Posted by fmba
on Feb 3, 2011 in MBA Application
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At the Smeal College of Business, dozens of MBA applicants who plagiarized admissions essays on "principled leadership" were shown the door. They won't be the last
dmissions Director Carrie Marcinkevage was sitting in her office reviewing business school application essays last February when she stumbled on a sentence that bore an uncanny resemblance to an essay she had just finished reading. The essay, one of five required in the application, asked students to discuss the connections between principled leadership and business.
"I had that inevitable moment of 'Oh gosh, I swear I have seen this sentence before,' " says Marcinkevage, who heads the MBA admissions office at Pennsylvania State University's Smeal College of Business (Smeal Full-Time MBA Profile).
She pulled out the essay where she remembered seeing the phrase and compared the two side by side. To her dismay, she discovered both applicants had used the exact same sentence.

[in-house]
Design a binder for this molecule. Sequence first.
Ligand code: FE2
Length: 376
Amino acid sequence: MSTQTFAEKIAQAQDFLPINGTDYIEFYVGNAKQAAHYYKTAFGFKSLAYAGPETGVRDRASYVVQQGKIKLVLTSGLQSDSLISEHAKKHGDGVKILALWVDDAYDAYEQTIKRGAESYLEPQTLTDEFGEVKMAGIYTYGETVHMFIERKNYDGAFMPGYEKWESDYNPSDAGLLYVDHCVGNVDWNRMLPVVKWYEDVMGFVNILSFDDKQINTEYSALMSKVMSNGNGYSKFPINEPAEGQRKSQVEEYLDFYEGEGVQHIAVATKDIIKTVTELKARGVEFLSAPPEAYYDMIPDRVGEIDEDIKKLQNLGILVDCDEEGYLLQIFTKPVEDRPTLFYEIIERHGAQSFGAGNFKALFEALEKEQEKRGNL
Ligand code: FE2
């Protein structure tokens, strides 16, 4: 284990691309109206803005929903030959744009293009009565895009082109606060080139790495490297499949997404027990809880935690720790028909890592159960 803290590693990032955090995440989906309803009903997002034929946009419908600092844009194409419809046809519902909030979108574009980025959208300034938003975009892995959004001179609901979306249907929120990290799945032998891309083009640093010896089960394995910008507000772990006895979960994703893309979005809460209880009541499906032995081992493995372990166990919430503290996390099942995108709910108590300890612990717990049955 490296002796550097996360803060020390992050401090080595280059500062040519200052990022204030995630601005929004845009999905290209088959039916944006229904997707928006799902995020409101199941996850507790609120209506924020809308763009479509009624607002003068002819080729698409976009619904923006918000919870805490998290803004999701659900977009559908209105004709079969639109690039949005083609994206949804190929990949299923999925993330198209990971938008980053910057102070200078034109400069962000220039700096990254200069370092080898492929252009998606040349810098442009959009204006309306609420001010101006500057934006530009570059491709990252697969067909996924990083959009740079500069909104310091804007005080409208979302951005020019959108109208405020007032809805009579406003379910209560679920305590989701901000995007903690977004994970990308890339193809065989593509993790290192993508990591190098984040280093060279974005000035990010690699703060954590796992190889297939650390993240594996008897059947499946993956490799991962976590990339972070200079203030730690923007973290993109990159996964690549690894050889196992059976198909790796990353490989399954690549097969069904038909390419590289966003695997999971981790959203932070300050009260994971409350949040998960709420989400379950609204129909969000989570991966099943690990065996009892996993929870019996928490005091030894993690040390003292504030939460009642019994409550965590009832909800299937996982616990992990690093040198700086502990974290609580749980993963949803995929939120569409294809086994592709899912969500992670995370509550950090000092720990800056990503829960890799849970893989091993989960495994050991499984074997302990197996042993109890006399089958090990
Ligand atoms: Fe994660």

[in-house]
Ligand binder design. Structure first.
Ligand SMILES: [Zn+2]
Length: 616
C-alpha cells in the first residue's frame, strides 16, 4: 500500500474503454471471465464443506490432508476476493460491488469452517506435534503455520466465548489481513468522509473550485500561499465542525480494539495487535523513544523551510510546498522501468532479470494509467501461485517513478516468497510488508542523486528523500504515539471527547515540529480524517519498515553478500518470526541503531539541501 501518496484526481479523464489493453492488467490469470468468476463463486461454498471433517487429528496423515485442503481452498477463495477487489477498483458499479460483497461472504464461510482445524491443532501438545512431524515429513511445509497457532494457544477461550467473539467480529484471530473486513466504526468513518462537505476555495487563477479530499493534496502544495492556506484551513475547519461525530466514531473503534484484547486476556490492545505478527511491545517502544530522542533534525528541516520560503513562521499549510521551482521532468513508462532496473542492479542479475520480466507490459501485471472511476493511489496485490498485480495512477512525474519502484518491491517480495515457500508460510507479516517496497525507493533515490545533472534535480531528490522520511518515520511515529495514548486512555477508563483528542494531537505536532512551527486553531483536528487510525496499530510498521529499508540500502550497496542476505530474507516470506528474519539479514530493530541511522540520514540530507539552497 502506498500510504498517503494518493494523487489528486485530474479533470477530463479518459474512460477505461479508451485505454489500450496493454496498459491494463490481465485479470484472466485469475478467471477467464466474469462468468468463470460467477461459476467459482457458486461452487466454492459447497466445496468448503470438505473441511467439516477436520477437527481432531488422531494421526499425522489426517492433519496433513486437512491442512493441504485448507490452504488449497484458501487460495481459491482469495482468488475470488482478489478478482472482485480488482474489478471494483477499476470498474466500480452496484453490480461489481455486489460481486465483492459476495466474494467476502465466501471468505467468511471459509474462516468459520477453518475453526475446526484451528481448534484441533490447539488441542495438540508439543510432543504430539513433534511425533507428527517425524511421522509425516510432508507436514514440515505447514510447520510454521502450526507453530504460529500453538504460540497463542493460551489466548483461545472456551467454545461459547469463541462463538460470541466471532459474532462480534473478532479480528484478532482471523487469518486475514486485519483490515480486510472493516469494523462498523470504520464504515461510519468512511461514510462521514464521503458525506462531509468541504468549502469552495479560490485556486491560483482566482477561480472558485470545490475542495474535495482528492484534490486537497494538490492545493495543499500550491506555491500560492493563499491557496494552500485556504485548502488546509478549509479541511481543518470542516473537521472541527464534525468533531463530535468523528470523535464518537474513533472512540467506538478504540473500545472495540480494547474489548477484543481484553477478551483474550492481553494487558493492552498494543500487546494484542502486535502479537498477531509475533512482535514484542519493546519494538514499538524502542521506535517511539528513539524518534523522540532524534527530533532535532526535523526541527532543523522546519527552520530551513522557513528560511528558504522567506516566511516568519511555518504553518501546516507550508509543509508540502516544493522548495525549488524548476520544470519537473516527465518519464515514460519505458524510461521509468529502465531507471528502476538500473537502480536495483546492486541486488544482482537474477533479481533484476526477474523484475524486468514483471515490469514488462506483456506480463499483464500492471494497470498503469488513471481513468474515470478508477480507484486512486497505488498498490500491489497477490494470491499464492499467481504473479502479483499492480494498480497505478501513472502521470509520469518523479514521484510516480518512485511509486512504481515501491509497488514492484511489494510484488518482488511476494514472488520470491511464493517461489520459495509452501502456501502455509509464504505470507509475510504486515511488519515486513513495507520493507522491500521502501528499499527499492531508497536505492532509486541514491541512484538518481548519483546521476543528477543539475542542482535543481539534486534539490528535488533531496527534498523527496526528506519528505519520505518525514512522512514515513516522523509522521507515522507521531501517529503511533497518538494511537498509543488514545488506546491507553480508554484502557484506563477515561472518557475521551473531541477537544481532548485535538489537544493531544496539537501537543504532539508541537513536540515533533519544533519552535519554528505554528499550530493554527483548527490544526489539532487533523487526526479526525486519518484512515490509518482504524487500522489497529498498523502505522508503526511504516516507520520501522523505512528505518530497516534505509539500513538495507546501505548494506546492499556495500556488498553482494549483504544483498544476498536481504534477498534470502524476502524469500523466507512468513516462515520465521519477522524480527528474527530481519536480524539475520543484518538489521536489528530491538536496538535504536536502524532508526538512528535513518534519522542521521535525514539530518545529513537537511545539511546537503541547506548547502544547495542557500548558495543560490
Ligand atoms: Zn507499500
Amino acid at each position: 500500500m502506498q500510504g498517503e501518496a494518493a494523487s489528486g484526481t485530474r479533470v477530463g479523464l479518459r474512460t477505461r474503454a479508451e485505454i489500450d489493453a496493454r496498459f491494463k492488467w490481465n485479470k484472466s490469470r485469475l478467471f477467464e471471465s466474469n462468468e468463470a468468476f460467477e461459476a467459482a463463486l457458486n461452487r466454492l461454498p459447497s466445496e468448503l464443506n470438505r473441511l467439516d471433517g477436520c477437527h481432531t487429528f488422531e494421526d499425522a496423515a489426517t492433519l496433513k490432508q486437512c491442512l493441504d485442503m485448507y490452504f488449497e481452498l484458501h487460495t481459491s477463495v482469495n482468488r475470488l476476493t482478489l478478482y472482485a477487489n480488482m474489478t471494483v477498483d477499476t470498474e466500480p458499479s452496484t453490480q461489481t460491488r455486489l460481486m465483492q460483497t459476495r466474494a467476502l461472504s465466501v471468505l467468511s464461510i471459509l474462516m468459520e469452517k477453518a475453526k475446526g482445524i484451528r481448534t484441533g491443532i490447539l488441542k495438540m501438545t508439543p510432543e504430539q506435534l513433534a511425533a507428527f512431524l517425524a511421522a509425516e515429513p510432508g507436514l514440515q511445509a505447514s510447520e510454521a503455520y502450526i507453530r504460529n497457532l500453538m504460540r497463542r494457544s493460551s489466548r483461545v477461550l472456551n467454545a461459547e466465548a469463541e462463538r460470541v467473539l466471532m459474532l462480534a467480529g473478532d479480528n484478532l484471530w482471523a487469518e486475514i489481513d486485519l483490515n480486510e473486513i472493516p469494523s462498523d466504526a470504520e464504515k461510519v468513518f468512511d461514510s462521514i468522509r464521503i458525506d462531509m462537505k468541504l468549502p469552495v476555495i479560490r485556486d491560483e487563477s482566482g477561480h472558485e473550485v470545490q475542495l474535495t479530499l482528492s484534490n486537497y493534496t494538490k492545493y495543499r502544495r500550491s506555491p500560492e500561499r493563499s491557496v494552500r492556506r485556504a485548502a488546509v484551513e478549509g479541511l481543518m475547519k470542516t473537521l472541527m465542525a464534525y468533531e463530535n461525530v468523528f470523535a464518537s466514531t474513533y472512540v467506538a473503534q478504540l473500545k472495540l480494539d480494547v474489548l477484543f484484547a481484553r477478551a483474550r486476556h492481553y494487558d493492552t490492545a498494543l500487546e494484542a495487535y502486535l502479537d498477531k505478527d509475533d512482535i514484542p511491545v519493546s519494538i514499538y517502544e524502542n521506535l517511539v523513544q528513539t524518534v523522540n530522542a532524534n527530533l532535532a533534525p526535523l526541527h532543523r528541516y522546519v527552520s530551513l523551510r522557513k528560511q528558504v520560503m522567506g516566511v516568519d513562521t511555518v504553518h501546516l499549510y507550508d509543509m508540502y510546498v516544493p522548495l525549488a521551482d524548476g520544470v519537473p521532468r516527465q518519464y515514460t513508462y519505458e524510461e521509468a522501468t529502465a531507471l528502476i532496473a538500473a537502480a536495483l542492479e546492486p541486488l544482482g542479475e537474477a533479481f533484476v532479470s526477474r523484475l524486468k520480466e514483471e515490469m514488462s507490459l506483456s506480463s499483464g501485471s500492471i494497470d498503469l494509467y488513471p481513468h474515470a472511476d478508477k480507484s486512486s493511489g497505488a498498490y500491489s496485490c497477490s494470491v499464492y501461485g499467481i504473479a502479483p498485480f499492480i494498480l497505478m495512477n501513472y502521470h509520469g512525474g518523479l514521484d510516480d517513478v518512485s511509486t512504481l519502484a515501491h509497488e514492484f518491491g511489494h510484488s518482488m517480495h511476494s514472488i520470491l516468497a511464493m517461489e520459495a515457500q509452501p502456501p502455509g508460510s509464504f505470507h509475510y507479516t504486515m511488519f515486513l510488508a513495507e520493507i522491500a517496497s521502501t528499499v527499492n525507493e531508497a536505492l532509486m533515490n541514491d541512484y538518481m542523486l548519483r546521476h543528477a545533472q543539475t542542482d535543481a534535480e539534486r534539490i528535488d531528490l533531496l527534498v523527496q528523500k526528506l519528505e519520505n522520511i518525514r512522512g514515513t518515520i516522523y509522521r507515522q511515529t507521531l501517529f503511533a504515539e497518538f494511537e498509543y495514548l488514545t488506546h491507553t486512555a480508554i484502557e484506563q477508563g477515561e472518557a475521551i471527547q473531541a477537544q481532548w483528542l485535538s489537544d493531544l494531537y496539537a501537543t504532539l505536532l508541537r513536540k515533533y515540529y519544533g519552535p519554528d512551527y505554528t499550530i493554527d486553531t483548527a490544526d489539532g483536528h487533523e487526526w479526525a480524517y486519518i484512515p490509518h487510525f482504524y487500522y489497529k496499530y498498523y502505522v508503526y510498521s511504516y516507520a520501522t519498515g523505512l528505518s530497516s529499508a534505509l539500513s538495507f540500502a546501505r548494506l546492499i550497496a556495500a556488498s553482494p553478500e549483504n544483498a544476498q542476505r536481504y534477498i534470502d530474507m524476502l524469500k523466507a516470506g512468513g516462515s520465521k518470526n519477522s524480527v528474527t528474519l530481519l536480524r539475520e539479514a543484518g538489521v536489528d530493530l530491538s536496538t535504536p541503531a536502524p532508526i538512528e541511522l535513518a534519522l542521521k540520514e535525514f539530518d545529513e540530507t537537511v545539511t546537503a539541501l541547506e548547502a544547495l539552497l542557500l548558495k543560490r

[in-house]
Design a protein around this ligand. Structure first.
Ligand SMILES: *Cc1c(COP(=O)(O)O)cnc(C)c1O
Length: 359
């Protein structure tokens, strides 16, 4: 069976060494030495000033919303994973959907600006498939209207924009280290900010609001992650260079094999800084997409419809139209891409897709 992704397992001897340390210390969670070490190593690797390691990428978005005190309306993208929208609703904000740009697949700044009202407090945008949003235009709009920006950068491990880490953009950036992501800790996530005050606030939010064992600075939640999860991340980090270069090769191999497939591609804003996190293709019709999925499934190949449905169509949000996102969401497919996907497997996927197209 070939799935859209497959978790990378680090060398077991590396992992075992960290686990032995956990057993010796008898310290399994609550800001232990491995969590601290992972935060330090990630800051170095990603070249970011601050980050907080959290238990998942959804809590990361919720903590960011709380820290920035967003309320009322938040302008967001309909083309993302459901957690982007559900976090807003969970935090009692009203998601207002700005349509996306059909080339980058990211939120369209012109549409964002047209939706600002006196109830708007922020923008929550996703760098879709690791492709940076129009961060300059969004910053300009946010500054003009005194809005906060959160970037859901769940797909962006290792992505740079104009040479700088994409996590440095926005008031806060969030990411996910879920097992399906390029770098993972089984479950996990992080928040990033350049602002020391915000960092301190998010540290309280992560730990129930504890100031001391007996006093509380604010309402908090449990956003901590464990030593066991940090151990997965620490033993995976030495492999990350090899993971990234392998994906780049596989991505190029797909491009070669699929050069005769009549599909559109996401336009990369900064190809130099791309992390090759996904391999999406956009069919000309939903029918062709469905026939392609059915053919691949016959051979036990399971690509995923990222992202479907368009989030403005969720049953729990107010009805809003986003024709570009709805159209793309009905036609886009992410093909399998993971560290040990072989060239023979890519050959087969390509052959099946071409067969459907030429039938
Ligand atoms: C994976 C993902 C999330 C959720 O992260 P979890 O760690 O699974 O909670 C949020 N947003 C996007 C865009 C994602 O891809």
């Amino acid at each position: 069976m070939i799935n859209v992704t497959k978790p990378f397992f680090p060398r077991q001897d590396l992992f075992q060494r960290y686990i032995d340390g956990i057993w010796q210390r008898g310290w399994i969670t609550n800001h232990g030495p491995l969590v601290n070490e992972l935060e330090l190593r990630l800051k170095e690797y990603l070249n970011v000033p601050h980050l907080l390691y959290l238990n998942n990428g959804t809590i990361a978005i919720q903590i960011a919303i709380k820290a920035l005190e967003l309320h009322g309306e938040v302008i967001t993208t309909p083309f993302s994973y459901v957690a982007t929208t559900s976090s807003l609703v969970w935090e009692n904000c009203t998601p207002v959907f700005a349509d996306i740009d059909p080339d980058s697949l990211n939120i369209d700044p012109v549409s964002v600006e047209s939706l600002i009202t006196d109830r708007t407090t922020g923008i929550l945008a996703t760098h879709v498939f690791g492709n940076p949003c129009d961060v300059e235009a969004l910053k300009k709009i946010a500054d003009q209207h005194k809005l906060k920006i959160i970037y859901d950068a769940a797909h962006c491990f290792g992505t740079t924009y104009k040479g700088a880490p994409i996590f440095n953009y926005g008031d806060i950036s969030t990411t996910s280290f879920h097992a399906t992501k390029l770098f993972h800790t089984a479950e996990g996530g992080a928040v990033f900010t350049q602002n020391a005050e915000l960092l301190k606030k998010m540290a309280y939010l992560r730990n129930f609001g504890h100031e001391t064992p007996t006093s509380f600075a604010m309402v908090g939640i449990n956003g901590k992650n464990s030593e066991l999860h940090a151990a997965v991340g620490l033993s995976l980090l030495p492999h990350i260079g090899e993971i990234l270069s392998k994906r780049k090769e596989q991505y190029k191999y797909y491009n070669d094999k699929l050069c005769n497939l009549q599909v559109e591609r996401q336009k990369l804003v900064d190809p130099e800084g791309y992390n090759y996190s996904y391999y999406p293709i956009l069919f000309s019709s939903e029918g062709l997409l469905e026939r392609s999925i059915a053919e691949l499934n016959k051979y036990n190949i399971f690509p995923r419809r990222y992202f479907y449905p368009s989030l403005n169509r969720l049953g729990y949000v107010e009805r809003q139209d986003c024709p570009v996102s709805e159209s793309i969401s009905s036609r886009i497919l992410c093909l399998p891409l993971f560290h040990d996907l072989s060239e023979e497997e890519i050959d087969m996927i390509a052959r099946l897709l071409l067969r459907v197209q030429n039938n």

The problem soon proved to be bigger than Marcinkevage could ever have anticipated. Over the next few days, she and her admissions staff combed through 360 pending applications submitted for Smeal's 2010 admissions cycle, even reviewing those submitted by applicants who had already been admitted or invited to the school for an interview.
They uncovered 29 cases of students who had lifted entire sentences or paragraphs from online sources, including a 2009 essay titled "Principled Leaders: A Model for the 'Reset' Economy," by Deborah Merrill-Sands, then dean of Simmons School of Management (Simmons Full-Time MBA Profile) in Boston. The case was even more surprising because all applicants to Smeal are asked to sign an honor code before submitting the application. Said Marcinkevage: "It was the perfect storm of plagiarism."
For the past decade or so, universities have taken a more aggressive stand on cheating in the classroom, using plagiarism-detection software on student research papers, opening up state-of-the-art testing centers designed to prevent cheating, and implementing honor codes. But up until now, little attention has been paid in the academic world to plagiarism in admissions essays, and few tools are available to admissions officers to help them uncover students who use fraudulent content in applications...